Chiasso is first mentioned in 1140 as
Chiasso (and Boffalora)
Historically, Chiasso and Boffalora were two distinct agricultural villages. Because of the presence of the nearby Italian border and customs office, and later as part of an access route to the St. Gotthard's Tunnel, the two villages merged and grew.
Chiasso's history and development were strongly influenced by its unique location. During its early history, a castle was built in Chiasso as part of the extended fortifications of the city of Como. It was a suburb of Como, until 1416 when it was incorporated in the Pieve ofBalerna and given to the Rusca family to manage. The houses in the village center were owned by the Albrici family and were granted imperial privileges. Chiasso had become an independent community sometime before 1552. In the contemporary documents, it is mentioned as Clasio tabernarum (Chaisso of taverns) referring to its function as a transit point.
Boffalora is mentioned in 1536 as a municipality and remained its independence until the second half of the 17th Century. They became a single parish either in 1657 or 1677.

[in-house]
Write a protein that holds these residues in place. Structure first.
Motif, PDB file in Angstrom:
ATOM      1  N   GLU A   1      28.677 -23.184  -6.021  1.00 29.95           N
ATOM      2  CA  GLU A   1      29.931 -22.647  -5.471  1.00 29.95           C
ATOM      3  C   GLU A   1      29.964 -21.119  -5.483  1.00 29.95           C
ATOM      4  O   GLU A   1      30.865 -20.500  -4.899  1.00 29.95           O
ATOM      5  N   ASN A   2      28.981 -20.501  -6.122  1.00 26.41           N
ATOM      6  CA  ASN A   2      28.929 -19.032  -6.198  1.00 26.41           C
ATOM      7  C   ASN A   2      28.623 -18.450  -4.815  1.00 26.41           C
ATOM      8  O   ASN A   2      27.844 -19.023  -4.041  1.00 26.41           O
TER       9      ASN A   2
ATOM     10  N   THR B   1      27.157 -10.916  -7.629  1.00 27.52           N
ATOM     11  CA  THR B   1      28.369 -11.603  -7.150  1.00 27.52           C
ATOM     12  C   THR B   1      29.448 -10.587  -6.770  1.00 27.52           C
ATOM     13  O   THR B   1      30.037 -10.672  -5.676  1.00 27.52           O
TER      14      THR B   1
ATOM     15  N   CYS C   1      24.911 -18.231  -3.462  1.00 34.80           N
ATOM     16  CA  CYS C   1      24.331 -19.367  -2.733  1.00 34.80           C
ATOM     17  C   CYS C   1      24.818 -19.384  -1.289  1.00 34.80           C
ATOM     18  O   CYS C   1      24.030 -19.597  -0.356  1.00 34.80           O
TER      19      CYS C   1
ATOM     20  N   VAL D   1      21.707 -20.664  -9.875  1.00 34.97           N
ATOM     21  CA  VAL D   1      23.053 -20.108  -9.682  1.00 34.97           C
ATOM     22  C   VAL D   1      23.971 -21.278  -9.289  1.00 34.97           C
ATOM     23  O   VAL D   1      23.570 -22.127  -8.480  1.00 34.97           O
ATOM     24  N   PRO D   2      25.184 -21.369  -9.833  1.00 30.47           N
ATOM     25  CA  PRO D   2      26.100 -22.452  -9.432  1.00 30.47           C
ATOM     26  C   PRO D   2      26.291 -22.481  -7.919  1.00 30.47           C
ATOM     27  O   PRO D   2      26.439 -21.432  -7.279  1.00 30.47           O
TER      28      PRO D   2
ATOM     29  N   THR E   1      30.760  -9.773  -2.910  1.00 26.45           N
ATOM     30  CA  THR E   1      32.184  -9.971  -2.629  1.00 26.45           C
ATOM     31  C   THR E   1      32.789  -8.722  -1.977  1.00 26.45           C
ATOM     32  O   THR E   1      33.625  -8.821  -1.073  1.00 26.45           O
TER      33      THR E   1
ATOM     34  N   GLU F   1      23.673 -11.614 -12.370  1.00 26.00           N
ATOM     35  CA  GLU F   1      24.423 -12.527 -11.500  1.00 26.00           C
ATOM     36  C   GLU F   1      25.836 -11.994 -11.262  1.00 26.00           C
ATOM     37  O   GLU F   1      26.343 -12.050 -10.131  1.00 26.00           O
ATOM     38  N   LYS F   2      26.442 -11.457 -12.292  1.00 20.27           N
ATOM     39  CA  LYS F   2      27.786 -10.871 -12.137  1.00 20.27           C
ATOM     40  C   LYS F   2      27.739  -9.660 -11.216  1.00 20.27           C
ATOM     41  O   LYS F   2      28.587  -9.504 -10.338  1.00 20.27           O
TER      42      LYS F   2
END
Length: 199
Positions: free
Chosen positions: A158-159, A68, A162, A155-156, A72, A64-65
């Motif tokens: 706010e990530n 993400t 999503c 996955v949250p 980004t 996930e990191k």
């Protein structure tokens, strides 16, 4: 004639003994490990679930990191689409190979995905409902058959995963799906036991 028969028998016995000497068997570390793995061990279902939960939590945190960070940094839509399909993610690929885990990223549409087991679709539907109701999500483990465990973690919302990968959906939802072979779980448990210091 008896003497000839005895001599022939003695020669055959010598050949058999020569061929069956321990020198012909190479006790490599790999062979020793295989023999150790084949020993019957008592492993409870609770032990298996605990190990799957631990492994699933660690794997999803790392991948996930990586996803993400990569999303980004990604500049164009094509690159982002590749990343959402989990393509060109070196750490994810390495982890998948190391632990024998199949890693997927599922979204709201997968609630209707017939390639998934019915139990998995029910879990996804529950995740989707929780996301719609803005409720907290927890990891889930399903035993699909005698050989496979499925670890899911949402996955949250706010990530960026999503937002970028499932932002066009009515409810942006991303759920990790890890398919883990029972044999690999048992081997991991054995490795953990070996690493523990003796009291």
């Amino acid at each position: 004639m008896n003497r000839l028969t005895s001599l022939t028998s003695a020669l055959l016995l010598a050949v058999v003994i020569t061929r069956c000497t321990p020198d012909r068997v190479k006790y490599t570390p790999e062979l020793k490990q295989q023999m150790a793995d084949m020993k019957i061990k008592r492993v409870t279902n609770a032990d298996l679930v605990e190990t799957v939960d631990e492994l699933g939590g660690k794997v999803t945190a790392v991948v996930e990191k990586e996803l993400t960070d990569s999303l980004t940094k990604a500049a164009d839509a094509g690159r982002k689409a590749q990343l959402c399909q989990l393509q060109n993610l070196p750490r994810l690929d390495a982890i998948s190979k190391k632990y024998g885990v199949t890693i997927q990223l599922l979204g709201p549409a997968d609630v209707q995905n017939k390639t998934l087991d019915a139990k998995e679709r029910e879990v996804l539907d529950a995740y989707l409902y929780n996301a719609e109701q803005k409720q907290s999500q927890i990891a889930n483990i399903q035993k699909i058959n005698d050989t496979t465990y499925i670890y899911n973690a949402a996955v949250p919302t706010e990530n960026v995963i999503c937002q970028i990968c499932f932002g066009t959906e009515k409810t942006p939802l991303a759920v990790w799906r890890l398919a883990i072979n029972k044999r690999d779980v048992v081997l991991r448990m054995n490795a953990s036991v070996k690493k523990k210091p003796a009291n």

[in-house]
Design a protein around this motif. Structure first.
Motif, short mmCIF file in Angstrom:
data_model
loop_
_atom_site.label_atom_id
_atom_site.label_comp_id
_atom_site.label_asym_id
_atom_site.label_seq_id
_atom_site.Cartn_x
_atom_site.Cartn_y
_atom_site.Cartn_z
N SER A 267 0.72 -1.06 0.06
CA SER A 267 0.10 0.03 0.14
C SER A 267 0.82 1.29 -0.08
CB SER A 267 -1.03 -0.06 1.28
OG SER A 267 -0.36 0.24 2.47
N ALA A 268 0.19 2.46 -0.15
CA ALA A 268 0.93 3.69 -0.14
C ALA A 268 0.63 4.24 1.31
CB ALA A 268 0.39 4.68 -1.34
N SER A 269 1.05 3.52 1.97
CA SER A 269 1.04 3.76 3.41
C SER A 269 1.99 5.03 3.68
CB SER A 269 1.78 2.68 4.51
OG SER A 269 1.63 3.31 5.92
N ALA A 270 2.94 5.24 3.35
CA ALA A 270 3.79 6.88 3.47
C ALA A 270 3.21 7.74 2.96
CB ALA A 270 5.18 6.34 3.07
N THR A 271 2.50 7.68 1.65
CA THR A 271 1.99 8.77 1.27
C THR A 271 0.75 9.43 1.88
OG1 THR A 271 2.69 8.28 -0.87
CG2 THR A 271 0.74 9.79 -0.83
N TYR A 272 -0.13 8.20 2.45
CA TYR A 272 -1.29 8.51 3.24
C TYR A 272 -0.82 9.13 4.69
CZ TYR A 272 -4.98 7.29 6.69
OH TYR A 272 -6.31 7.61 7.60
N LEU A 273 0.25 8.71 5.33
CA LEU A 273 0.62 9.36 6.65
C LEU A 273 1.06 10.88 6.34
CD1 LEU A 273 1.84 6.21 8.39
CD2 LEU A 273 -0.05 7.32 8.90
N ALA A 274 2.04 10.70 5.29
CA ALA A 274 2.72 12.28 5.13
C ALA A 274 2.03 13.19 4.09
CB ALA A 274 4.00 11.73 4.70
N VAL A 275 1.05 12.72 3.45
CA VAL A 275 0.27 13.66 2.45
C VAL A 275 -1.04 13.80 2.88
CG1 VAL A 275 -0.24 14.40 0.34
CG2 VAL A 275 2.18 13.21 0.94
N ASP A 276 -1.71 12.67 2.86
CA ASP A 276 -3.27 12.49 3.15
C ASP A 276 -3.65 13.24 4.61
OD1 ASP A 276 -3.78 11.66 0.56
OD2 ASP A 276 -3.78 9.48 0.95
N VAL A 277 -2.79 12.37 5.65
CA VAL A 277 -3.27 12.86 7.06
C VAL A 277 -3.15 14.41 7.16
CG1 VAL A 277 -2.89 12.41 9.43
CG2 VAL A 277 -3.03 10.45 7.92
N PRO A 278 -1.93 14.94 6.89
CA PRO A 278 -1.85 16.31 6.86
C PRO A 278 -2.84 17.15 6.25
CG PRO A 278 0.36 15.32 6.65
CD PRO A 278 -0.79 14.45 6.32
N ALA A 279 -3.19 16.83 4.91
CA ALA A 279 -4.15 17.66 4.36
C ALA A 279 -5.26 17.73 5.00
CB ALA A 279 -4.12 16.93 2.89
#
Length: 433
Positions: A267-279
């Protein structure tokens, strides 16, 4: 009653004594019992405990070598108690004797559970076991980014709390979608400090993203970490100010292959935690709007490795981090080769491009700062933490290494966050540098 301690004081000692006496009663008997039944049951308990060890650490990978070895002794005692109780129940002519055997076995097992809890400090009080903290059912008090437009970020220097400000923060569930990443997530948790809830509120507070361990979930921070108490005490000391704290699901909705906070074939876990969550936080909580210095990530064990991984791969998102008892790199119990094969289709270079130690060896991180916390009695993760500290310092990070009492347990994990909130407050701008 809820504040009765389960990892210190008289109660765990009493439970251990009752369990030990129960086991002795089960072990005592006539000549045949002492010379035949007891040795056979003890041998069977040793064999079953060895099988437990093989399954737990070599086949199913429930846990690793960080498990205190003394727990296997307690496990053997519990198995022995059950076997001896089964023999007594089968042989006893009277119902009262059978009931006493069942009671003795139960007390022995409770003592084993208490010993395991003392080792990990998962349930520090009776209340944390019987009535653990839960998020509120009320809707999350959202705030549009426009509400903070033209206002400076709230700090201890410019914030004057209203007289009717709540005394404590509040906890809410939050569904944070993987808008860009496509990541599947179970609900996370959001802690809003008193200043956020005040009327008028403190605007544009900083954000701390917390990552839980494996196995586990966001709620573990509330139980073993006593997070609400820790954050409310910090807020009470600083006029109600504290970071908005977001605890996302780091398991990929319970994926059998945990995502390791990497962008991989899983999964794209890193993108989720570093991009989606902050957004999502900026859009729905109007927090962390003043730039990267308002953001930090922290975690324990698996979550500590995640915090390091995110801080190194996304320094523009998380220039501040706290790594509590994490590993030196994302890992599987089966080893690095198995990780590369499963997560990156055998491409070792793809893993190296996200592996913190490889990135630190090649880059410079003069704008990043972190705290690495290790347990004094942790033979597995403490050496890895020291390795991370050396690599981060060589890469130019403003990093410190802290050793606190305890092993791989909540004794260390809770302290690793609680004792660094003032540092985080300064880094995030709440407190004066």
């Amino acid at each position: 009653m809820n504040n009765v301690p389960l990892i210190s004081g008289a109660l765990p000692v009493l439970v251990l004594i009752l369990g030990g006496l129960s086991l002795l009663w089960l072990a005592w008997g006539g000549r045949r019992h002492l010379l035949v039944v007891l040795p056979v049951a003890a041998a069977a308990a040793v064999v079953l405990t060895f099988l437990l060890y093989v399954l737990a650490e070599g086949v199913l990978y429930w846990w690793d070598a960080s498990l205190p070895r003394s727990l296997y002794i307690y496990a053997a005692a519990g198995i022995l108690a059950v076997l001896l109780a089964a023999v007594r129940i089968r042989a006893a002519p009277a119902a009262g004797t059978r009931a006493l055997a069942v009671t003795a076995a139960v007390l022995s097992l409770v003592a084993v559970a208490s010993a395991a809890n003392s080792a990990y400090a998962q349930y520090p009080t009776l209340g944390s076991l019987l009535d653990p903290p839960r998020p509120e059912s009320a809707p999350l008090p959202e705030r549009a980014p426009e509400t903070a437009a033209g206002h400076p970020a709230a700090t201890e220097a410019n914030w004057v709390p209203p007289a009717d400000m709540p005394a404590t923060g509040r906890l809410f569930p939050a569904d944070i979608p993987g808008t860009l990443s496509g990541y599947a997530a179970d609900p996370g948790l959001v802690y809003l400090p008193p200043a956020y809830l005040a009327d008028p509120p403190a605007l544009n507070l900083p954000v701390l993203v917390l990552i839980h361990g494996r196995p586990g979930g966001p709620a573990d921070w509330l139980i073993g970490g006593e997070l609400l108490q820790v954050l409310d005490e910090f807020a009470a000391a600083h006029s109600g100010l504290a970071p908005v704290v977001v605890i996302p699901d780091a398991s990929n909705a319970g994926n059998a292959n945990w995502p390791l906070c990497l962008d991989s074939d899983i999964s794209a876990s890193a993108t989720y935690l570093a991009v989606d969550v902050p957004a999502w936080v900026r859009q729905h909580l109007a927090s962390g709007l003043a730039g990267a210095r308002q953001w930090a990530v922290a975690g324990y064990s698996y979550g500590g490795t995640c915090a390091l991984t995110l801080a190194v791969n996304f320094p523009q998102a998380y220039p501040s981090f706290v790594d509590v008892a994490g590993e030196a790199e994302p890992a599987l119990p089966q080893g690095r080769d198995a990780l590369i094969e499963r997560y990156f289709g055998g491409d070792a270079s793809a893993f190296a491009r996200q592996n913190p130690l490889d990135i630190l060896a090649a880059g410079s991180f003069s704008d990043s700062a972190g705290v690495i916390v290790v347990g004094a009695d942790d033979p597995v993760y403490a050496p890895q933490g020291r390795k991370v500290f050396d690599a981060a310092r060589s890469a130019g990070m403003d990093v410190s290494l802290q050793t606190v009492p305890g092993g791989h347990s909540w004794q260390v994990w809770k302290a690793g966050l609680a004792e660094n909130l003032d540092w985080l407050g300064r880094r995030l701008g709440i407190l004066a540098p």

Chiasso's church belonged to the Pieve of Zezio (in Como), from which it withdrew in the 16th Century. In 1888, Boffalora separated from the parish. It became the seat of an archpriest in 1928. The Church of San Vitale, was first mentioned in 1227, and was rebuilt in 1934.
In the 15th Century Chaisso was known for its horse market. However, the market ended after the invasion of the Swiss Confederationand the march through Chiasso in the War of the League of Cambrai in 1510. In the late 16th Century Chiasso had a small population when compared to other municipalities of the Mendrisiotto valley. The village survived through its role as a border town (providing warehouses and inns) along with income from agriculture and paper mills. In the 19th Century, tobacco and silk factories moved into the town.